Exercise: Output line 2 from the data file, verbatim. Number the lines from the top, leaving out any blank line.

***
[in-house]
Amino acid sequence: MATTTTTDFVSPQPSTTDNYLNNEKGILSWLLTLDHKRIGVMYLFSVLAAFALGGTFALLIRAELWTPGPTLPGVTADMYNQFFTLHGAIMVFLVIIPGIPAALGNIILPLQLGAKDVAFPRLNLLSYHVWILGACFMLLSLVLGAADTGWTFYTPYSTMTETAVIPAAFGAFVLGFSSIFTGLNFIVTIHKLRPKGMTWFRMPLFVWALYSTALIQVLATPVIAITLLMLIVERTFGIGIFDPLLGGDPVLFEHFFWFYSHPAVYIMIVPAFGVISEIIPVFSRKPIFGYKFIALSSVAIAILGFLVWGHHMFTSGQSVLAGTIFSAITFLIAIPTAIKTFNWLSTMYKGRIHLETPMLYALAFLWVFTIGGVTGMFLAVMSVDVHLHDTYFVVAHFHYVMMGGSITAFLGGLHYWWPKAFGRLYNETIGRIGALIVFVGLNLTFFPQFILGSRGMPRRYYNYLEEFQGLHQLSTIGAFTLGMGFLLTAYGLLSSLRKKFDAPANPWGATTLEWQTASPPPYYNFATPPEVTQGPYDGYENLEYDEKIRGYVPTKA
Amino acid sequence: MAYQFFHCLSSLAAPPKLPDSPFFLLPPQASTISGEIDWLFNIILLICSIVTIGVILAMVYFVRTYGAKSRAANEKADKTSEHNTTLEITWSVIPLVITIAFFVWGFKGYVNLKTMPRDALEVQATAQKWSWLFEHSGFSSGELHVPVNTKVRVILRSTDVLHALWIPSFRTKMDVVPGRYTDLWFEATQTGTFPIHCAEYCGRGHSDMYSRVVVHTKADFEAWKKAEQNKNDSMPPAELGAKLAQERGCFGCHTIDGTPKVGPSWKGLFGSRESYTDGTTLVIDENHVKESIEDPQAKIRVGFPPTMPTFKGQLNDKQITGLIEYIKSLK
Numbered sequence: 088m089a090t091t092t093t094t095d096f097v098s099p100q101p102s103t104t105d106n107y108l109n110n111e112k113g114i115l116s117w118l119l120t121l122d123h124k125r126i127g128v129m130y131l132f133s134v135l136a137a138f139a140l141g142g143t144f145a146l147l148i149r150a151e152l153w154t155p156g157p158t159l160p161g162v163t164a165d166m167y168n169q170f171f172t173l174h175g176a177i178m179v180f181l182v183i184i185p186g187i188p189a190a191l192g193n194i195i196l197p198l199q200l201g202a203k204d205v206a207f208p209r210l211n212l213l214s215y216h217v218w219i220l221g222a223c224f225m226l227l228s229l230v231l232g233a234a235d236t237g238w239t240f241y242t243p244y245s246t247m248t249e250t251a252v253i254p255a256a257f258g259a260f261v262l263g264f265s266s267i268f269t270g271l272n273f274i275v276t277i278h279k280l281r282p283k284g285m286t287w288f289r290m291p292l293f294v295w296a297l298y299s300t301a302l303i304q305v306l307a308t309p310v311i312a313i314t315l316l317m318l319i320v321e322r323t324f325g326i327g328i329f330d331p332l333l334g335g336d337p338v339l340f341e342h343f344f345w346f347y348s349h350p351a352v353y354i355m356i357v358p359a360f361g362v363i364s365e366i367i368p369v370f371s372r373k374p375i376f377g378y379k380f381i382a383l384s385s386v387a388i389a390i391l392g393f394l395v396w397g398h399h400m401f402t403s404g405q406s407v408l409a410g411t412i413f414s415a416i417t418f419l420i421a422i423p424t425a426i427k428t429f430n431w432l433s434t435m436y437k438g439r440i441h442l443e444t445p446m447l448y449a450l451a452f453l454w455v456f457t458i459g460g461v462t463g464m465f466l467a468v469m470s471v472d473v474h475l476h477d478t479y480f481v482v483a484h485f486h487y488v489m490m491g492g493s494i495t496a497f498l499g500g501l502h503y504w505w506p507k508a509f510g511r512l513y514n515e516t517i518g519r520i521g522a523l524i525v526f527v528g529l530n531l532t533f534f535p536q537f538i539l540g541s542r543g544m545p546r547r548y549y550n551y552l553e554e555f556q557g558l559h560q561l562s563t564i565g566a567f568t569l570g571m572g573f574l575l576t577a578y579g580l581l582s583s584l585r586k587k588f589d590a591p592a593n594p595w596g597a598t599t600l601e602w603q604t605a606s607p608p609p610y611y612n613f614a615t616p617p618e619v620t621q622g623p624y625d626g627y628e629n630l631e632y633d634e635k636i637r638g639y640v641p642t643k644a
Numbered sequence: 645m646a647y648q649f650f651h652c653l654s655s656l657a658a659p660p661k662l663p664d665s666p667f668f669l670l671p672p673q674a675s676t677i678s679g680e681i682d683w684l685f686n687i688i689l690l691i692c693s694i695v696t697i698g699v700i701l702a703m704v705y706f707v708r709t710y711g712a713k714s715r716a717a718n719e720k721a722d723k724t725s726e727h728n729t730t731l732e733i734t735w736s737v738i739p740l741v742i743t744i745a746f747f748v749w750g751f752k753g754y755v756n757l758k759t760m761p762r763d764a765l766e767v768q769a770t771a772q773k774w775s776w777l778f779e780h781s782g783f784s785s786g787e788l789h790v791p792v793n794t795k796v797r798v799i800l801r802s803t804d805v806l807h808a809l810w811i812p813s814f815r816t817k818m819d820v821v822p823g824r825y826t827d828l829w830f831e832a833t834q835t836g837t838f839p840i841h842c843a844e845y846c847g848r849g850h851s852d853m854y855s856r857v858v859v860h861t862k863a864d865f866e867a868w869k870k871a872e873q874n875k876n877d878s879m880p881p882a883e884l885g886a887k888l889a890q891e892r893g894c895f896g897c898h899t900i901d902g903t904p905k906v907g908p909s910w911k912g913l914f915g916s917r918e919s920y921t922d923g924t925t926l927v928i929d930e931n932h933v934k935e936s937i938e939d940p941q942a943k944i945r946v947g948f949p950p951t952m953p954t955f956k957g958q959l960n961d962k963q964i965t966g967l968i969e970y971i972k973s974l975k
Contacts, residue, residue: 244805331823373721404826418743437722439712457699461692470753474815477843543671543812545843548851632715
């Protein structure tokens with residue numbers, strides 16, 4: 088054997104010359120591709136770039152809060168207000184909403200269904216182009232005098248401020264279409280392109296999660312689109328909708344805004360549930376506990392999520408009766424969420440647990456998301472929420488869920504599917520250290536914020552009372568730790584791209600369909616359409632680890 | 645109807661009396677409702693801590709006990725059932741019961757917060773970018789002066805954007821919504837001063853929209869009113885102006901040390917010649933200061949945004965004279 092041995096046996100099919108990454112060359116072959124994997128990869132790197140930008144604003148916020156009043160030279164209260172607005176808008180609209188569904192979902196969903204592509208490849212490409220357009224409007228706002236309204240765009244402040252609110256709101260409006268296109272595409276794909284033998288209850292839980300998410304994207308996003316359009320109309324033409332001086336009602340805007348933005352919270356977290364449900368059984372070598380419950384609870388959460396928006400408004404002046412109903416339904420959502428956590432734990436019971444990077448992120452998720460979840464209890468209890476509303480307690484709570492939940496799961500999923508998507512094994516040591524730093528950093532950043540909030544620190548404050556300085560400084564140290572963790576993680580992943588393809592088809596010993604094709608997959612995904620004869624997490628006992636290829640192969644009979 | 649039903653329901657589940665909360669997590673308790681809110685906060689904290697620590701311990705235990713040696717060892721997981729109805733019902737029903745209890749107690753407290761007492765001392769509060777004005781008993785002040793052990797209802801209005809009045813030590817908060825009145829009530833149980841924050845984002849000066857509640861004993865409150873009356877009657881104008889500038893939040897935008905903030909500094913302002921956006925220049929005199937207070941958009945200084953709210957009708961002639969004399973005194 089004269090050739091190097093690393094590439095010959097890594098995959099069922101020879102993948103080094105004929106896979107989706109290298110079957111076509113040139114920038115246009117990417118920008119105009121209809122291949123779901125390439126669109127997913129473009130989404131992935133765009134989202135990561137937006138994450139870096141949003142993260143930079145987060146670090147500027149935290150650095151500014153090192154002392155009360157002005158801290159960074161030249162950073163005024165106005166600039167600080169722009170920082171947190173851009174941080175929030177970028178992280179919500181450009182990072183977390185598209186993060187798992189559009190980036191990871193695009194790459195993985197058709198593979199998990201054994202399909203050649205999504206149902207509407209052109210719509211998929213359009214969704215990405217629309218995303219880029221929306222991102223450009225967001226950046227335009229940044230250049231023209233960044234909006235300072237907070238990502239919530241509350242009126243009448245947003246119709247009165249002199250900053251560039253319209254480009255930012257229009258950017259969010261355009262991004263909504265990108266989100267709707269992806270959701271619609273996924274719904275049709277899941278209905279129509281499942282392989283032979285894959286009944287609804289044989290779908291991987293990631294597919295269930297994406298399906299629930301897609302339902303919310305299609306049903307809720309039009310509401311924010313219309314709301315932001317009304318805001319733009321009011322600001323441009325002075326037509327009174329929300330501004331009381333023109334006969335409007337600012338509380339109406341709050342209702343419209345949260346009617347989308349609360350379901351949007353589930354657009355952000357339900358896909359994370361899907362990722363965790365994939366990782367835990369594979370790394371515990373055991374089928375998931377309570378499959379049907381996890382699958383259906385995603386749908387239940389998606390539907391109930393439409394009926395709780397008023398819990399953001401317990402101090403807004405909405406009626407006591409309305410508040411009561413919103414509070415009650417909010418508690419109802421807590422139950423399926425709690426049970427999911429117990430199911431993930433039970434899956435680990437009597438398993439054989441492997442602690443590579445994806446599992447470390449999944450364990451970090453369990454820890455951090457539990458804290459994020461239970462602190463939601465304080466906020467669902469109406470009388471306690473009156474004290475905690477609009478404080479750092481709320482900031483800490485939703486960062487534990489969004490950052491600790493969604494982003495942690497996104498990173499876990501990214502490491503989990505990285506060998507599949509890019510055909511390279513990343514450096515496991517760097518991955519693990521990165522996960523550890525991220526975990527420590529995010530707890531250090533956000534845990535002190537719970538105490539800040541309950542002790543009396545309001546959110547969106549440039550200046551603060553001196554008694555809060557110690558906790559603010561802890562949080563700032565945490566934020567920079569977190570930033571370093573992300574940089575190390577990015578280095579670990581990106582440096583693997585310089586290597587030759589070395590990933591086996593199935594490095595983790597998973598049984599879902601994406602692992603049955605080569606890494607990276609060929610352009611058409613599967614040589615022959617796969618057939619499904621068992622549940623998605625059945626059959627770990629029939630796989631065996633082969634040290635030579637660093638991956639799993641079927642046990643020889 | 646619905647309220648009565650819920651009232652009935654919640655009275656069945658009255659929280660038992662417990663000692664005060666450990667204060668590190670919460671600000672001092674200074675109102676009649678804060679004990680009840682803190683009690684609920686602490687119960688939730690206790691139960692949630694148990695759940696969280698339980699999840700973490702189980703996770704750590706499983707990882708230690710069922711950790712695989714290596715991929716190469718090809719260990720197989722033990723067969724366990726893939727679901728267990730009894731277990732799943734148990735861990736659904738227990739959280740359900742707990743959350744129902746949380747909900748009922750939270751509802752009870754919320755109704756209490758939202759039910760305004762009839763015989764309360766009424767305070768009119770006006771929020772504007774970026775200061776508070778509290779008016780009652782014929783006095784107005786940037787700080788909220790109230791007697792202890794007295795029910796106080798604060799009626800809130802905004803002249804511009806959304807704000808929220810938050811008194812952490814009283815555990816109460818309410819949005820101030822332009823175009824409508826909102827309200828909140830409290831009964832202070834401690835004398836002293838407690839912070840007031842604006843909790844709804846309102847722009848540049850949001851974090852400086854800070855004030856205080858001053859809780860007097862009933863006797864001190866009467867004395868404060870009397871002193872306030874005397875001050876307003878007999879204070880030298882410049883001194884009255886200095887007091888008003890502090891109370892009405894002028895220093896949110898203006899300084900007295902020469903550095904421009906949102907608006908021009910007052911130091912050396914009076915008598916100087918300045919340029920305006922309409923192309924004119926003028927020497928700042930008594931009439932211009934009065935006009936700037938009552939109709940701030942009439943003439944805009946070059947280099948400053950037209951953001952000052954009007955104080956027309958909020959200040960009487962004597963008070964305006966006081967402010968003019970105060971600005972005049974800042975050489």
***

Amino acid sequence: MATTTTTDFVSPQPSTTDNYLNNEKGILSWLLTLDHKRIGVMYLFSVLAAFALGGTFALLIRAELWTPGPTLPGVTADMYNQFFTLHGAIMVFLVIIPGIPAALGNIILPLQLGAKDVAFPRLNLLSYHVWILGACFMLLSLVLGAADTGWTFYTPYSTMTETAVIPAAFGAFVLGFSSIFTGLNFIVTIHKLRPKGMTWFRMPLFVWALYSTALIQVLATPVIAITLLMLIVERTFGIGIFDPLLGGDPVLFEHFFWFYSHPAVYIMIVPAFGVISEIIPVFSRKPIFGYKFIALSSVAIAILGFLVWGHHMFTSGQSVLAGTIFSAITFLIAIPTAIKTFNWLSTMYKGRIHLETPMLYALAFLWVFTIGGVTGMFLAVMSVDVHLHDTYFVVAHFHYVMMGGSITAFLGGLHYWWPKAFGRLYNETIGRIGALIVFVGLNLTFFPQFILGSRGMPRRYYNYLEEFQGLHQLSTIGAFTLGMGFLLTAYGLLSSLRKKFDAPANPWGATTLEWQTASPPPYYNFATPPEVTQGPYDGYENLEYDEKIRGYVPTKA